Looking at how your responses make your customer feel is a worthy exercise. We all know when something is canned, but even if you are canning a response, avoid terms that will make an already frustrated customer even more frustrated. Here, for example, the term "gesture of good will for the baggage loss" could easily make someone more annoyed. To passengers, it may not really feel like good will when a company is compensating for something they were in the wrong for. Not to mention the lack of acknowledgement of any of the rest of the experience.

Contextual Responses
These can be considered as tiered responses. For example, offering someone who endured our two-day travel nightmare $100, that has to be used to fly with you again, is not really likely to make anyone want to do that. In fact, when considering the sheer amount of our time that was wasted due to just the problems with the airline, not to mention the extra costs associated with re-booking flights and finding accommodation, this is actually almost insulting. The response should be relative to the experience, otherwise, it won't repair the perception of the brand.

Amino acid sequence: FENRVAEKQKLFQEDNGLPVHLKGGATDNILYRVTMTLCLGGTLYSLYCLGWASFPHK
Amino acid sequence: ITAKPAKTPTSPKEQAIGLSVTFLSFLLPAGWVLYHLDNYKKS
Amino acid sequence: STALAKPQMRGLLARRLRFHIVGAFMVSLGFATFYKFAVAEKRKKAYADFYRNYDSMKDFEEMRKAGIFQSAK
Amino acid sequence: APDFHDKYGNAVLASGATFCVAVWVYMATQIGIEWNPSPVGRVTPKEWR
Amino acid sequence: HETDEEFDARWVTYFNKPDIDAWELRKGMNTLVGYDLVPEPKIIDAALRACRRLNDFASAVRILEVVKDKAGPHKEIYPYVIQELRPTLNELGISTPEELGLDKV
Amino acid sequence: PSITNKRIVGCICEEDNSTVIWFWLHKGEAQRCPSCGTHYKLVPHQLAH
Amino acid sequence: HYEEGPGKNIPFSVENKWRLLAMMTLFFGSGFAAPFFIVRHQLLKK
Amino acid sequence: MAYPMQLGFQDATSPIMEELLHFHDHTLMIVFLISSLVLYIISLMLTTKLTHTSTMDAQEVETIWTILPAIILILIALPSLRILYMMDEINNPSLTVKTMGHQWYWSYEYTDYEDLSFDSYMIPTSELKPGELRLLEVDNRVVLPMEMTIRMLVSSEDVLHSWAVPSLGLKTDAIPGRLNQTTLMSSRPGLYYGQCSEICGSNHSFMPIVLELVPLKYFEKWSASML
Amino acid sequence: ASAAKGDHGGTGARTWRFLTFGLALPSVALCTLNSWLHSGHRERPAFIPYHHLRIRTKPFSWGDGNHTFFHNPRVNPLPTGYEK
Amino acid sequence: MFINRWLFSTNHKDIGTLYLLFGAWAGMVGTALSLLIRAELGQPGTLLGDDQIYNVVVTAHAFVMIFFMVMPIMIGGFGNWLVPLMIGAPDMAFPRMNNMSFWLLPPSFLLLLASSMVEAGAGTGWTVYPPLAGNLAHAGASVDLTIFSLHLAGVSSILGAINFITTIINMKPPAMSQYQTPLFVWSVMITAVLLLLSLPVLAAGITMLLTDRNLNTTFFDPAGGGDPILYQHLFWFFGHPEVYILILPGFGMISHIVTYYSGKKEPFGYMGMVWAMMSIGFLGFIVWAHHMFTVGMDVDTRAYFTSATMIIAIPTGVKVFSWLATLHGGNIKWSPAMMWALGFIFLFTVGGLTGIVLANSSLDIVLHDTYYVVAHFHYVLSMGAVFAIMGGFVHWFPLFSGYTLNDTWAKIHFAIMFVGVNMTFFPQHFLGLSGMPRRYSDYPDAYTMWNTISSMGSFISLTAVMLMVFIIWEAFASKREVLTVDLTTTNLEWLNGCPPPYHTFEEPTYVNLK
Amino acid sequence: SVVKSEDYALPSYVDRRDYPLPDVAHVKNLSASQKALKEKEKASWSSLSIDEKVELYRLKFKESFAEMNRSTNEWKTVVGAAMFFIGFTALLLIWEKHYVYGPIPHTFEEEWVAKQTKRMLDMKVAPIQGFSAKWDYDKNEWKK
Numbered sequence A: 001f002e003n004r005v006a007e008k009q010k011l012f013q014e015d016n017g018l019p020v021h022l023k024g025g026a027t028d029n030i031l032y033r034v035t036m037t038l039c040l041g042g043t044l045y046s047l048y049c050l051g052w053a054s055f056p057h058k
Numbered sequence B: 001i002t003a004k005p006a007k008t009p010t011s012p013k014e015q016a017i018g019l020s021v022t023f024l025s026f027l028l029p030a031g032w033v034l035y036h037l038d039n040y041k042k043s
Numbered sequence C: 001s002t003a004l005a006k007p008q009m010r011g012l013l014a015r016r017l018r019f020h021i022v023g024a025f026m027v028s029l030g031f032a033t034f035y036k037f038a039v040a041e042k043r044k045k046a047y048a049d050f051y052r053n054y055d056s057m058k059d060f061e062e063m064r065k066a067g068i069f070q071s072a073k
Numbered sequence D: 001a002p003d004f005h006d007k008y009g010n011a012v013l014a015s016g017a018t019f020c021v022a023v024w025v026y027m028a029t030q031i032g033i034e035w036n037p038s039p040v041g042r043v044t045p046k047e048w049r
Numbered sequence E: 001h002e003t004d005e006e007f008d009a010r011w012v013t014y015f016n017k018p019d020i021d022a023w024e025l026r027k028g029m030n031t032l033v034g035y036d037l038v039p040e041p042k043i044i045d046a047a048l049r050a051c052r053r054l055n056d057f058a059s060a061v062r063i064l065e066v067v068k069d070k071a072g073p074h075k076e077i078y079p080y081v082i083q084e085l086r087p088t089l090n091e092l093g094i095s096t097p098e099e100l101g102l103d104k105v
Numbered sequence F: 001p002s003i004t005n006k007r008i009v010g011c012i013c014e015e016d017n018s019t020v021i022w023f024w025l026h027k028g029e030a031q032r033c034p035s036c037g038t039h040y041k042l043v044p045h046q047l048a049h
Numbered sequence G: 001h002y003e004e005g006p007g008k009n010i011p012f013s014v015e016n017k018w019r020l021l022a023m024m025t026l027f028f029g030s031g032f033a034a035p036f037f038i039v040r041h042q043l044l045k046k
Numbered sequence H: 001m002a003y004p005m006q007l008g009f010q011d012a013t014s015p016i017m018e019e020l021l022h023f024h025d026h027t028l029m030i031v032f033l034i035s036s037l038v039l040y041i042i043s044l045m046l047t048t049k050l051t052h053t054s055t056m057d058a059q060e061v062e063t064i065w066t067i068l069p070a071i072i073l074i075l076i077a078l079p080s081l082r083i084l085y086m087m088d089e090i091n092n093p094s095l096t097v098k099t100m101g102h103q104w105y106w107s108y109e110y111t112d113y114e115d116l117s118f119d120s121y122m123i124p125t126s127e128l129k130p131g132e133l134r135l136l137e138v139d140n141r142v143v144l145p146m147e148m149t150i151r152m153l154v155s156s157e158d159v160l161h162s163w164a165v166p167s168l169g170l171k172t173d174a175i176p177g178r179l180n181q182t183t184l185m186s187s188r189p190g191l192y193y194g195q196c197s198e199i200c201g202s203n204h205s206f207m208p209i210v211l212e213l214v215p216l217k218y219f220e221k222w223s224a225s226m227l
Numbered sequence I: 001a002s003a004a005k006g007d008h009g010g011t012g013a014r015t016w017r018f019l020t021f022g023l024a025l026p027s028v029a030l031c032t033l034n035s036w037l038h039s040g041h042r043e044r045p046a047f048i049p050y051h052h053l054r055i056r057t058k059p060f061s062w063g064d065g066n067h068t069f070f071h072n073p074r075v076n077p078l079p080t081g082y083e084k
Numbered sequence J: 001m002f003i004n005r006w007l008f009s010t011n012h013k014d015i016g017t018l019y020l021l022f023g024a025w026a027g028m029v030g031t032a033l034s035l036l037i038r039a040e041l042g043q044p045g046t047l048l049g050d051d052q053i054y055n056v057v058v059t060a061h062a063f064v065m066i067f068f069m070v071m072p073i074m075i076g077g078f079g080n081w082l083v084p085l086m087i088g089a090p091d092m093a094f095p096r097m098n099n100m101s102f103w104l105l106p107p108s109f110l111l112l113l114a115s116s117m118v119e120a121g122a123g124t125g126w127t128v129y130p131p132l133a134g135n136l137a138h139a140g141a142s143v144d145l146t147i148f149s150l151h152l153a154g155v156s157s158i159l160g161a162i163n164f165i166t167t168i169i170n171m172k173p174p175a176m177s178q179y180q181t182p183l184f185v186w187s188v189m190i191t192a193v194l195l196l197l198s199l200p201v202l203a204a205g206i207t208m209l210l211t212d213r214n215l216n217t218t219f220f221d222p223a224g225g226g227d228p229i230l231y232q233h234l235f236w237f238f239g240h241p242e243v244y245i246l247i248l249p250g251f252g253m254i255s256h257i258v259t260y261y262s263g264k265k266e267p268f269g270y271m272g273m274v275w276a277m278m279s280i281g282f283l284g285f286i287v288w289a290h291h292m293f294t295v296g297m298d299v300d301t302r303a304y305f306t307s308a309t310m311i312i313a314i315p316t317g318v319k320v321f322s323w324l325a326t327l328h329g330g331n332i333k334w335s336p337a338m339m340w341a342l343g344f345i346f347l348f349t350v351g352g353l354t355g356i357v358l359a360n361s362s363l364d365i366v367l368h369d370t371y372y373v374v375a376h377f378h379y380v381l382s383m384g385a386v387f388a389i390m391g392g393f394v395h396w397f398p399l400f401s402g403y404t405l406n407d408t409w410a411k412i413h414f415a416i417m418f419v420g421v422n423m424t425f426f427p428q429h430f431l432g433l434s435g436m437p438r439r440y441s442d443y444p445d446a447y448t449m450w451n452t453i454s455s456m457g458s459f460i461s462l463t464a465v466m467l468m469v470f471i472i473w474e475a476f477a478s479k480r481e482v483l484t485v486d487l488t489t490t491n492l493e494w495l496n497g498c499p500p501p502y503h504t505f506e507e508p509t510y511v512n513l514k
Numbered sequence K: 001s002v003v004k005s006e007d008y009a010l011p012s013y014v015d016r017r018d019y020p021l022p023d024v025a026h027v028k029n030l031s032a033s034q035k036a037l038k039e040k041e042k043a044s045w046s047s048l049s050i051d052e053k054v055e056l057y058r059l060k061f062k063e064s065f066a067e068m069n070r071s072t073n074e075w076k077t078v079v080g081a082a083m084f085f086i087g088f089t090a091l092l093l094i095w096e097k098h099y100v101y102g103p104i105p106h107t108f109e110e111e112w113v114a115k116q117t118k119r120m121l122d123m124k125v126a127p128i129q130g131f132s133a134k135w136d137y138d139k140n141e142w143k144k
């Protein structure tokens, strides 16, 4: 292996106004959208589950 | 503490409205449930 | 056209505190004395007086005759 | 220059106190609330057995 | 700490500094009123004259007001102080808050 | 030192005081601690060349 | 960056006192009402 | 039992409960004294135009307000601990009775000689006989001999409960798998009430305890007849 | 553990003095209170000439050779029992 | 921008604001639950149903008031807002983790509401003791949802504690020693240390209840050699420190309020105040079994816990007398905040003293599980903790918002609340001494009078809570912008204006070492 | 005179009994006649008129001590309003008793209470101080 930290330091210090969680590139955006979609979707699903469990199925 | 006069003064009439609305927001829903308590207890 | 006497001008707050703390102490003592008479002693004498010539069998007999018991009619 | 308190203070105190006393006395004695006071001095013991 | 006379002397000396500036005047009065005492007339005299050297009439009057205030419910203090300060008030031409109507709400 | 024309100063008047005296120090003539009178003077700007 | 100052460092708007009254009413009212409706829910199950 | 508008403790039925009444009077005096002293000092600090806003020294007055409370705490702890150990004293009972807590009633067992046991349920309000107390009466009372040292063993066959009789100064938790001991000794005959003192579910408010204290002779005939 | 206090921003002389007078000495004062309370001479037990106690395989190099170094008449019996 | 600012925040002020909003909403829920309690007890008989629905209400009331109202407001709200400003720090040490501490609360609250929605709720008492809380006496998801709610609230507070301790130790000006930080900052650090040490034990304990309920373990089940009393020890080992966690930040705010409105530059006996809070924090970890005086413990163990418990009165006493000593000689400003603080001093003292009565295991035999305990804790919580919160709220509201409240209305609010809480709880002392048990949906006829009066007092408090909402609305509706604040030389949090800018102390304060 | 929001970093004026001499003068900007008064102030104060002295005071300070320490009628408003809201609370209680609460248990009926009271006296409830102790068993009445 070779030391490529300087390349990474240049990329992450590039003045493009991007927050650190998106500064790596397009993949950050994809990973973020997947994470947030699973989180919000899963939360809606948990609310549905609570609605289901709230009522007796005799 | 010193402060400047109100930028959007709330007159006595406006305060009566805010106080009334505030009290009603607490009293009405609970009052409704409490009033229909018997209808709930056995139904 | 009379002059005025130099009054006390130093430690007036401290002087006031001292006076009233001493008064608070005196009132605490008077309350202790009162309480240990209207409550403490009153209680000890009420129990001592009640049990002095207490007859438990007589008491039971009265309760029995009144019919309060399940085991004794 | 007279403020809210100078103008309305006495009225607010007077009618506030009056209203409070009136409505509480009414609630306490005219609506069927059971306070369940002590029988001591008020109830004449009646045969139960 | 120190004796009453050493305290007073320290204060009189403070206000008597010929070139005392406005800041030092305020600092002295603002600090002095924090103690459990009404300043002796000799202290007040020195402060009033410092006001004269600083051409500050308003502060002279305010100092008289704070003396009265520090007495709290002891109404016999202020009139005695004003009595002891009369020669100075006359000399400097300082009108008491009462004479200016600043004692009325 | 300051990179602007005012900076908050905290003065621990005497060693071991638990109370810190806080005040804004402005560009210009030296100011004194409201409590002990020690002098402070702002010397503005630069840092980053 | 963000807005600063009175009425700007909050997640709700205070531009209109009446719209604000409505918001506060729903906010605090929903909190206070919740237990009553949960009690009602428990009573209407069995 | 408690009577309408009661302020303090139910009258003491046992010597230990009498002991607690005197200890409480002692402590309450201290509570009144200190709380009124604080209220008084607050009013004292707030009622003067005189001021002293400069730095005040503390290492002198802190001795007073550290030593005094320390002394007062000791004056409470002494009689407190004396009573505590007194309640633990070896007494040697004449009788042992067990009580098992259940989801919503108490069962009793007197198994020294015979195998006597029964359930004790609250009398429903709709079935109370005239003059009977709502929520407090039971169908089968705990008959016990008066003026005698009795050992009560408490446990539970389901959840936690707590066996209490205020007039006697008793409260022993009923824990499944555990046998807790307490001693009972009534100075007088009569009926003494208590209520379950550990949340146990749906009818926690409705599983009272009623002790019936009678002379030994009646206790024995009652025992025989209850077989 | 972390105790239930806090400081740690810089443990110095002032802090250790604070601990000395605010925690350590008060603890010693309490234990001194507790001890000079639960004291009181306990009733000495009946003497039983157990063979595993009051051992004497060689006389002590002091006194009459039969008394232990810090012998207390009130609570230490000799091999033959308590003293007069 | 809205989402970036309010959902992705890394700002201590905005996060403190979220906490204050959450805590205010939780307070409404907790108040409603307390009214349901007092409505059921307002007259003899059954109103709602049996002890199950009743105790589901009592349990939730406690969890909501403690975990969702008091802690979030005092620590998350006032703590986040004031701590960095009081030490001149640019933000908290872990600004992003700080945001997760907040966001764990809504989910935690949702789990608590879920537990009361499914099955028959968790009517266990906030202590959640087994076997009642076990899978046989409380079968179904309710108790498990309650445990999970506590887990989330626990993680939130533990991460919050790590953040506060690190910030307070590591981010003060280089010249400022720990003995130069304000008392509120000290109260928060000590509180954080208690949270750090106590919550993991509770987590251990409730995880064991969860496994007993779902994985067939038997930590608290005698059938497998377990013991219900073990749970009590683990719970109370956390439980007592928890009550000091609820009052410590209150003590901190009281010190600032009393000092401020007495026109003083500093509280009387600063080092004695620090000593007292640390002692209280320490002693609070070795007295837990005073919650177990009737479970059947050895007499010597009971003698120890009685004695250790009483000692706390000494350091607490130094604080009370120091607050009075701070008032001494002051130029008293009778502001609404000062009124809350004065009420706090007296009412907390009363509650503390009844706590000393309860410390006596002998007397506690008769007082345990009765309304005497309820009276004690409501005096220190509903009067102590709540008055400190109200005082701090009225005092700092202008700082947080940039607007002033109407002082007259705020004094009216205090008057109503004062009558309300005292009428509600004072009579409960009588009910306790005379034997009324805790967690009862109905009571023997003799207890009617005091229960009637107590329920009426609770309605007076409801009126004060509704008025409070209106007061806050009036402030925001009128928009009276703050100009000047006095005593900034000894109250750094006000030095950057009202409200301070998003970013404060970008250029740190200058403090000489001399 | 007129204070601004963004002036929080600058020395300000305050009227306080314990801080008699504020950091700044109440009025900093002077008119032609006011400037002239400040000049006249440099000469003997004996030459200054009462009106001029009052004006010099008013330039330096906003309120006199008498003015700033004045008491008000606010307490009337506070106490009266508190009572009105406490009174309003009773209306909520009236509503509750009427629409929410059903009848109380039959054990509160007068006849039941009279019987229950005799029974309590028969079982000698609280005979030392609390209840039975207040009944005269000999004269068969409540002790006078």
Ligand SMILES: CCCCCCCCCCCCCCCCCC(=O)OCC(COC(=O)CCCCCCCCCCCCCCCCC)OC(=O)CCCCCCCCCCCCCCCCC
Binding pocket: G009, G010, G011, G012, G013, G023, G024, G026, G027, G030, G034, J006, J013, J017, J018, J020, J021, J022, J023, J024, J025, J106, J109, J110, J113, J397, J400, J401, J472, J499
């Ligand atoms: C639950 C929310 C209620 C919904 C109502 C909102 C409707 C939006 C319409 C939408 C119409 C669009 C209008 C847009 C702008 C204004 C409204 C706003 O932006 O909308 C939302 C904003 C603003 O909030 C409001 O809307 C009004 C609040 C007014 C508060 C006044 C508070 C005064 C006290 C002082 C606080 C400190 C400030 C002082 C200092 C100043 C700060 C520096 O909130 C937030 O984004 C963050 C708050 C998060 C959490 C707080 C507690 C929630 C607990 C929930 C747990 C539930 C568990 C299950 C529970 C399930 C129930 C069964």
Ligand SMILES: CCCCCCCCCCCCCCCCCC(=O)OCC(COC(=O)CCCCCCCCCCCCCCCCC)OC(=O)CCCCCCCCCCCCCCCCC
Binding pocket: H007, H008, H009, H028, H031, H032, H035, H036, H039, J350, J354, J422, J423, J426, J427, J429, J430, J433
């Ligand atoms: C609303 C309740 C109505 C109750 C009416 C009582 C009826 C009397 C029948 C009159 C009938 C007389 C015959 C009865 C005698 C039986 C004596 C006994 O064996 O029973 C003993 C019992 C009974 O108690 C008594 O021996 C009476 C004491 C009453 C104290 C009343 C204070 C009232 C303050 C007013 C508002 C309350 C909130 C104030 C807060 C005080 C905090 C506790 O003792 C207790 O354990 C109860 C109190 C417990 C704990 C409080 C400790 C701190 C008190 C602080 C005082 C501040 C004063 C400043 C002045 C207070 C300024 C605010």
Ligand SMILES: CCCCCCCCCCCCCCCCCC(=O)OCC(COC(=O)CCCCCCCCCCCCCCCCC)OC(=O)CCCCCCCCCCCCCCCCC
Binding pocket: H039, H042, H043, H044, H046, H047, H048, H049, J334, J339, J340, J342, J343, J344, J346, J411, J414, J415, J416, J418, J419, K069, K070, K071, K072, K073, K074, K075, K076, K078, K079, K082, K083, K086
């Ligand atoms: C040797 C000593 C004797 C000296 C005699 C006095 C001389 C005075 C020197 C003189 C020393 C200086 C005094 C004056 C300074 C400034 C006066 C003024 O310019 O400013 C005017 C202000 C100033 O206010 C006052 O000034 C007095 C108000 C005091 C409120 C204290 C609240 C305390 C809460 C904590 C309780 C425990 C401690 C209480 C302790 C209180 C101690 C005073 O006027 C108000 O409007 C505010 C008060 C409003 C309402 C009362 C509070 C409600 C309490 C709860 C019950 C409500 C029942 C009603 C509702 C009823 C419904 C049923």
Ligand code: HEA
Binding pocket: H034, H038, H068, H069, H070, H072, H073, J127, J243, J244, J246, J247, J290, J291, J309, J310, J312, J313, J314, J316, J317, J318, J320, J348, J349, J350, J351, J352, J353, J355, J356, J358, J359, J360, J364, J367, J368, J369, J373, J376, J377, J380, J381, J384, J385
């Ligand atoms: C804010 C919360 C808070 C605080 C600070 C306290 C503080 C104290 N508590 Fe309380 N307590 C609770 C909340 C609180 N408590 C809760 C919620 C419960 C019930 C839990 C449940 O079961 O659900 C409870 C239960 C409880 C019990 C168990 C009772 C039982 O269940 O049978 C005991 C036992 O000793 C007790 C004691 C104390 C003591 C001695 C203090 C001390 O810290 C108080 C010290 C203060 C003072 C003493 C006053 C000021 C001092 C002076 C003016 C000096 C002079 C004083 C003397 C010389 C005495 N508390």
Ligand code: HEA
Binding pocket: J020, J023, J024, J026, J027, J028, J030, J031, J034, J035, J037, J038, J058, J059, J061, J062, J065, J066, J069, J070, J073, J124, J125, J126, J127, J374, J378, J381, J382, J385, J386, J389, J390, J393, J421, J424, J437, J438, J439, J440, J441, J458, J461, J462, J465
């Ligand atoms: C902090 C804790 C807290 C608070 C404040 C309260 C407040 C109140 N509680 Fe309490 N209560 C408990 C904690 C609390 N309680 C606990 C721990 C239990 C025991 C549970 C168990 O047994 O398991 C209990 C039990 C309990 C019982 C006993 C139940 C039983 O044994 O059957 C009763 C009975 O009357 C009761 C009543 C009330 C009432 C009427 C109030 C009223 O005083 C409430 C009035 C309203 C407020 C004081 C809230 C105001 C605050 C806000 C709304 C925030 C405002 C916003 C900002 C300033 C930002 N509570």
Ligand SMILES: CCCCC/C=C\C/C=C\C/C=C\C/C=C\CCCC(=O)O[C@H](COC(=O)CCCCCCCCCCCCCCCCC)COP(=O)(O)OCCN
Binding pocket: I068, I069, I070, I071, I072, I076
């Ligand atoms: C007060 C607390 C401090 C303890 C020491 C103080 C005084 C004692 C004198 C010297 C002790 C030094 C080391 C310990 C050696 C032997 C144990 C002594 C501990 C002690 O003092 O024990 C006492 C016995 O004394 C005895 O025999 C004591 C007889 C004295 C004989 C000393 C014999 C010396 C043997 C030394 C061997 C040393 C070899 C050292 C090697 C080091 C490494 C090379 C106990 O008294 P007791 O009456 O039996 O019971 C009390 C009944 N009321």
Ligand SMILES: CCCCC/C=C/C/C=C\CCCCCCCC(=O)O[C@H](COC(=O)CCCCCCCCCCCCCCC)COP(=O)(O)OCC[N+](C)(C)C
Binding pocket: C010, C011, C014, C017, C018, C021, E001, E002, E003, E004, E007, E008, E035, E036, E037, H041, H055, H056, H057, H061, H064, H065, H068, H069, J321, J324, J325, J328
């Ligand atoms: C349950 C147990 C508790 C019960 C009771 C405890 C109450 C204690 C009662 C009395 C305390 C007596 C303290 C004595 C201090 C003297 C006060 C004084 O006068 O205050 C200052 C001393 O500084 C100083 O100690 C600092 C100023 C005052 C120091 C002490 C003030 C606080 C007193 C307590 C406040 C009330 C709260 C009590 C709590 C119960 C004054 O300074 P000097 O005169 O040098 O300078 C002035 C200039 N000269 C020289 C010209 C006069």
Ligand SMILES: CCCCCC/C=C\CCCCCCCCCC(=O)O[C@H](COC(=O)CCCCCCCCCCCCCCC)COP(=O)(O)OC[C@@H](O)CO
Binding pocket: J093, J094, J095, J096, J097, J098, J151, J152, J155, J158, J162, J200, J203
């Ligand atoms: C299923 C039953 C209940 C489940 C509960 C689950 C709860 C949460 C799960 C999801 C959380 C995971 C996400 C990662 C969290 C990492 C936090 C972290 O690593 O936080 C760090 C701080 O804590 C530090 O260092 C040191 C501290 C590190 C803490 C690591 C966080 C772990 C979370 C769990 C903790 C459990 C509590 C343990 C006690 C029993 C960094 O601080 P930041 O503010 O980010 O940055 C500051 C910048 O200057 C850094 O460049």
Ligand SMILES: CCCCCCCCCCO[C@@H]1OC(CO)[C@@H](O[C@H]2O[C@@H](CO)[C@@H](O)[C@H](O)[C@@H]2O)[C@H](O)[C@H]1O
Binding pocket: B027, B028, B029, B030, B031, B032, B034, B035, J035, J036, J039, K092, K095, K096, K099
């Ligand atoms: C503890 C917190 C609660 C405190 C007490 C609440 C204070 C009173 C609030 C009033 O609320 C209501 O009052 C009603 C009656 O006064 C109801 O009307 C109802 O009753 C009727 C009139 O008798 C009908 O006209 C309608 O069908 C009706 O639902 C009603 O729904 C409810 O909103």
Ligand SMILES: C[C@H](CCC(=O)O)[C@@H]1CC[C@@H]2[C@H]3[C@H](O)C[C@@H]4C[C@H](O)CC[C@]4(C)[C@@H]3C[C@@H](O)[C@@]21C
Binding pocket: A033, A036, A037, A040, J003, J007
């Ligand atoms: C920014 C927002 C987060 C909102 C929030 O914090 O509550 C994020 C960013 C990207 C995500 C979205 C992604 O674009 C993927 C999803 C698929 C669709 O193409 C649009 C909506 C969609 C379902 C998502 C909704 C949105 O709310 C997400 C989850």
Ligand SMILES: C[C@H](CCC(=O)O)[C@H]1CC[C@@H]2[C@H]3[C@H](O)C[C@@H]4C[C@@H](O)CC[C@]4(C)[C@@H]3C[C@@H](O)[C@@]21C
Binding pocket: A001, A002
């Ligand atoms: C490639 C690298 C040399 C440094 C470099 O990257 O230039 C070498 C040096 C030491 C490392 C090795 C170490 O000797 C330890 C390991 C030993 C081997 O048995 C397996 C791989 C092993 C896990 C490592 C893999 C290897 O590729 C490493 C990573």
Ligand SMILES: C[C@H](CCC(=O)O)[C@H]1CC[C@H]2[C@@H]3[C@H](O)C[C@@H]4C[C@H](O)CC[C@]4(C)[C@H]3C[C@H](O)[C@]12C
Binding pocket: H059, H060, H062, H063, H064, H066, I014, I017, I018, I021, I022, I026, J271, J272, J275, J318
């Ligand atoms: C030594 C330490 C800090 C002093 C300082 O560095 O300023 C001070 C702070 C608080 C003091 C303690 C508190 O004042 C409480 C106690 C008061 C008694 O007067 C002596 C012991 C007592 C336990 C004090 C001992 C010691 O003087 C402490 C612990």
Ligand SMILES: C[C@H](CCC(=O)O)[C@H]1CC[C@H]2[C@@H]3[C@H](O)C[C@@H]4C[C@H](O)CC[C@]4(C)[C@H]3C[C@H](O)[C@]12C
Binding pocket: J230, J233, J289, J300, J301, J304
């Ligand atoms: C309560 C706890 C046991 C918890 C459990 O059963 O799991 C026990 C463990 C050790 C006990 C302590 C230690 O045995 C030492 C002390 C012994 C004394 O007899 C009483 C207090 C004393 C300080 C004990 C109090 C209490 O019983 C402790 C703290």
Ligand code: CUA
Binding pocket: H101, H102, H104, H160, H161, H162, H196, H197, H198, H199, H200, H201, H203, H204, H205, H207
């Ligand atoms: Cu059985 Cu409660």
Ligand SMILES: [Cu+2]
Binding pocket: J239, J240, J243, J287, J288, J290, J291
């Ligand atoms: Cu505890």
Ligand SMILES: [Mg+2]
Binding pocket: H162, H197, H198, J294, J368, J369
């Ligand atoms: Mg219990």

Start with understanding. Spend a little time mapping out your experience ecosystem - this will allow you to understand how all the various tools, processes, devices, people and data all come together to provide a customer experience, and how each piece impacts the total experience overall. You will then have a starting point from which to focus on areas requiring optimization, improvements and innovation, and knowledge of exactly how these will impact the total experience.

While acknowledging that your Customer Experience might need redesigning or improvement is a good first step, the proof will only be seen in how your customers perceive their experience. Using deep customer insights will help you to create an understanding of the full experience ecosystem, which can then be used to continuously improve each interaction throughout the full customer journey, including enabling your employees to deliver the desired experience.


At EffectUX we help our customers understand the exact factors that measurably drive the successful achievement of their vision, from the perception of the people interacting with, and delivering, the experience ecosystem needed. Most organizations know their indicators of success, whether that is increased Customer Satisfaction or increased brand awareness, but we use the understanding of the client's vision, and ecosystem to tell them how to quantifiably get there.

To find out your Experience Index contact us! We look forward to helping you achieve your vision.